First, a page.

Mutations in voltage-gated sodium channels have been implicated in several types of human epilepsy with varying degrees of clinical severity. Mutations in SCN1A were first identified in Generalized Epilepsy with Febrile Seizures Plus (GEFS+), a benign, childhood-onset syndrome in which family members have febrile seizures in childhood and may go on to develop other seizure types as adults. SCN1A mutations have also been identified in Severe Myoclonic Epilepsy of Infancy (SMEI), an infant-onset syndrome characterized by generalized tonic-clonic or hemiclonic seizures. As the syndrome progresses, SMEI patients develop other seizure types including myoclonic, absence and partial seizures, and a decline of psychomotor and mental development. Overall more than 300 mutations of SCN1A have been reported in patients with epilepsy, making it the most common genetic cause of epilepsy. In vitro expression studies of SCN1A mutations have revealed a variety of functional defects. However, there is not an obvious correlation between Nav1.1 dysfunction in heterologous expression systems and severity of the clinical phenotype. The lack of a clear genotype-phenotype correlation may reflect a limitation of in vitro expression systems to evaluate neuronal sodium channel mutations. The most reliable data on functional consequences of mutations can be obtained from mice engineered to carry the mutations. However, the resources and time required for generating knock-in mice by homologous recombination is prohibitive. Recombination-mediated cassette exchange (RMCE) allows for rapid and efficient production of an allele series of mice carrying mutant DNAs at the target locus. In this method, a cassette acceptor containing a selectable marker flanked by lox sites is targeted to the endogenous mouse locus by homologous recombination. Subsequent exchange of the cassette acceptor for the sequence of interest occurs by cre-mediated recombination in the ES cells, which is much more efficient than homologous recombination. The gain in efficiency decreases the time and resources required to generate multiple variants, allowing for parallel generation of an allelic series of mice.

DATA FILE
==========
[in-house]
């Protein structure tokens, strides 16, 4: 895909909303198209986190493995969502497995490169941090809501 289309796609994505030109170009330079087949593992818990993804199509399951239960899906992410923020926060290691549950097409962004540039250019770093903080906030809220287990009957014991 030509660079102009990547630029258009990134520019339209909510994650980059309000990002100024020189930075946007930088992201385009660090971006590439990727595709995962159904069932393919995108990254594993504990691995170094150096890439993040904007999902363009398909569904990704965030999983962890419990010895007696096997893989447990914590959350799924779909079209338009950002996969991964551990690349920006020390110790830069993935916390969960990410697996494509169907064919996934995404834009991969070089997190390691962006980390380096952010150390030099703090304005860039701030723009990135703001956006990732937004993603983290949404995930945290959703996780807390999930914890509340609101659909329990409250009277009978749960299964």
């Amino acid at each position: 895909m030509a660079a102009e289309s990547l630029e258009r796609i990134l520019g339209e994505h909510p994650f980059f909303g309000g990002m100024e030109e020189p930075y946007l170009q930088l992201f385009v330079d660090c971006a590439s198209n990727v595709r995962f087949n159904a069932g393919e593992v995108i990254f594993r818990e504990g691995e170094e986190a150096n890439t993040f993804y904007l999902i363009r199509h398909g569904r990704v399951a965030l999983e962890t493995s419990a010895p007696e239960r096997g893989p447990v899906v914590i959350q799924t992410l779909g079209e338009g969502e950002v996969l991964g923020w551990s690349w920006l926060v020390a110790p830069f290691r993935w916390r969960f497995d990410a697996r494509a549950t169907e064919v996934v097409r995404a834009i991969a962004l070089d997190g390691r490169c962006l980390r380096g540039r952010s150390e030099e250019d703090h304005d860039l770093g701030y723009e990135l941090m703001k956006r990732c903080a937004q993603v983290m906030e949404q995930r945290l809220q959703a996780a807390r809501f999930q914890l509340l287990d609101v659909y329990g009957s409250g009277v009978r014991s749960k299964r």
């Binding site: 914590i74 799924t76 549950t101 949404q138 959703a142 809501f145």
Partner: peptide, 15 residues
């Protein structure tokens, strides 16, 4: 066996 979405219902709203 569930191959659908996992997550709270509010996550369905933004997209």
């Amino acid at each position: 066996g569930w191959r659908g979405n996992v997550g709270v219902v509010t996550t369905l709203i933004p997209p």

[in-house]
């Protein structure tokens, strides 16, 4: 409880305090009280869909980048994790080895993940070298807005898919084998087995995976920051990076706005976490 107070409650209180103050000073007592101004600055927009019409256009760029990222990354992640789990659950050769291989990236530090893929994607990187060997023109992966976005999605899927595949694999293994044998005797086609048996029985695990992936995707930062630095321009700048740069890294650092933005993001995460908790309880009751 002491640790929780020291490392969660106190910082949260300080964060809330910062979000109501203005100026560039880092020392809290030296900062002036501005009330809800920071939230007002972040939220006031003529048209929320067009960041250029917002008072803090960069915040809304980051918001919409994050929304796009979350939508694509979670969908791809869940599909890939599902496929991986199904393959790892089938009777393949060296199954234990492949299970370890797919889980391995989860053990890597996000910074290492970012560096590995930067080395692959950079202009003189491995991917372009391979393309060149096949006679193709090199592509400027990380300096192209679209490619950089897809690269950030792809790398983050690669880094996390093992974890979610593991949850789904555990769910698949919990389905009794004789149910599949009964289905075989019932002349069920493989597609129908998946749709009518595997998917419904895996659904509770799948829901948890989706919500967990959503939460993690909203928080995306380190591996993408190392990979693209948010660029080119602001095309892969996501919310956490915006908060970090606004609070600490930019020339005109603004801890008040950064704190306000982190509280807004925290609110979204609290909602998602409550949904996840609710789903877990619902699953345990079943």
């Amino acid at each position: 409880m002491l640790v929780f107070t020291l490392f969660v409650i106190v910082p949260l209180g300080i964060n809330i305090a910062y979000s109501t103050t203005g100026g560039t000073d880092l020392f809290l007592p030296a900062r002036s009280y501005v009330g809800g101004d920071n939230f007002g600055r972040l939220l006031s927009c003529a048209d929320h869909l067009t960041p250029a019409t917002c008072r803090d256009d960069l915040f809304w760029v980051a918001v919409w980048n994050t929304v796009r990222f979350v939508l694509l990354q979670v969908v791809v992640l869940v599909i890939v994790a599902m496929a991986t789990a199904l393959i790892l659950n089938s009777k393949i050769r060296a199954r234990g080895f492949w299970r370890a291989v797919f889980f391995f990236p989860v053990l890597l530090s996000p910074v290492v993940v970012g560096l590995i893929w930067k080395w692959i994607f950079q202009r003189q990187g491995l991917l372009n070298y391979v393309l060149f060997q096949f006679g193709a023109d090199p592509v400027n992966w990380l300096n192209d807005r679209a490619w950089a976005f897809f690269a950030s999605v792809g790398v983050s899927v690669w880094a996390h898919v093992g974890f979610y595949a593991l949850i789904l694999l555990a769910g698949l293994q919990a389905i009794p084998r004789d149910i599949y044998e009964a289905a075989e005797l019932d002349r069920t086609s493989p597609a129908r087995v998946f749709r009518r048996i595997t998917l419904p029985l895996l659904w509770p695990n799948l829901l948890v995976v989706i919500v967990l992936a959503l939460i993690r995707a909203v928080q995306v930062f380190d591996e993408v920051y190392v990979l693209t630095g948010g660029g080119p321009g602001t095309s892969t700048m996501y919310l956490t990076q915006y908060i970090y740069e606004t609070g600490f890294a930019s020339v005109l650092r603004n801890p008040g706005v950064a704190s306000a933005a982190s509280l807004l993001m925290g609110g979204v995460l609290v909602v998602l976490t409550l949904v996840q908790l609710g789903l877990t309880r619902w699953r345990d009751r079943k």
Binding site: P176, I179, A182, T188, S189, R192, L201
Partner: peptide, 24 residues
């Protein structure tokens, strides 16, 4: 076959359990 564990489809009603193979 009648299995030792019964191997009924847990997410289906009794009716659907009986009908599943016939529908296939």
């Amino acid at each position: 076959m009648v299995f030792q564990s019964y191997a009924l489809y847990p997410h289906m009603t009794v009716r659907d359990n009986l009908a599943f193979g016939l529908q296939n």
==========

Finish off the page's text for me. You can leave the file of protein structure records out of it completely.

Specific aim 1 will generate a mouse ES cell line in which Scn1a exon 1 containing the translation start site is replaced by a loxed cassette acceptor via homologous recombination. Subsequent exchange with SCN1A cDNAs will allow expression of the cDNA under the endogenous regulatory control while ablating expression of the mouse gene.
Specific aim 2 will generate mice by cre-mediated cassette exchange in which mouse Scn1a is replaced with the human SCN1A cDNA as a critical proof-of-principle experiment for this approach. Development and validation of this approach will enable in vivo characterization of human epilepsy mutations and provides a valuable resource for understanding the mechanisms underlying epilepsy.

Public Health Relevance

The goal of this proposal is to develop a system for rapid and efficient production of mouse models carrying human epilepsy mutations. Mouse models will provide insight into the molecular and genetic events that underlie epilepsy and will be valuable tools for developing novel therapeutic strategies.

National Institute of Health (NIH)
National Institute of Neurological Disorders and Stroke (NINDS)
Exploratory/Developmental Grants (R21)
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Genetics of Health and Disease Study Section (GHD)
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Silberberg, Shai D
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Vanderbilt University Medical Center
Internal Medicine/Medicine
Schools of Medicine
United States
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Mistry, Akshitkumar M; Thompson, Christopher H; Miller, Alison R et al. (2014) Strain- and age-dependent hippocampal neuron sodium currents correlate with epilepsy severity in Dravet syndrome mice. Neurobiol Dis 65:1-11
Miller, A R; Hawkins, N A; McCollom, C E et al. (2014) Mapping genetic modifiers of survival in a mouse model of Dravet syndrome. Genes Brain Behav 13:163-72
Kearney, Jennifer A (2011) Genetic modifiers of neurological disease. Curr Opin Genet Dev 21:349-53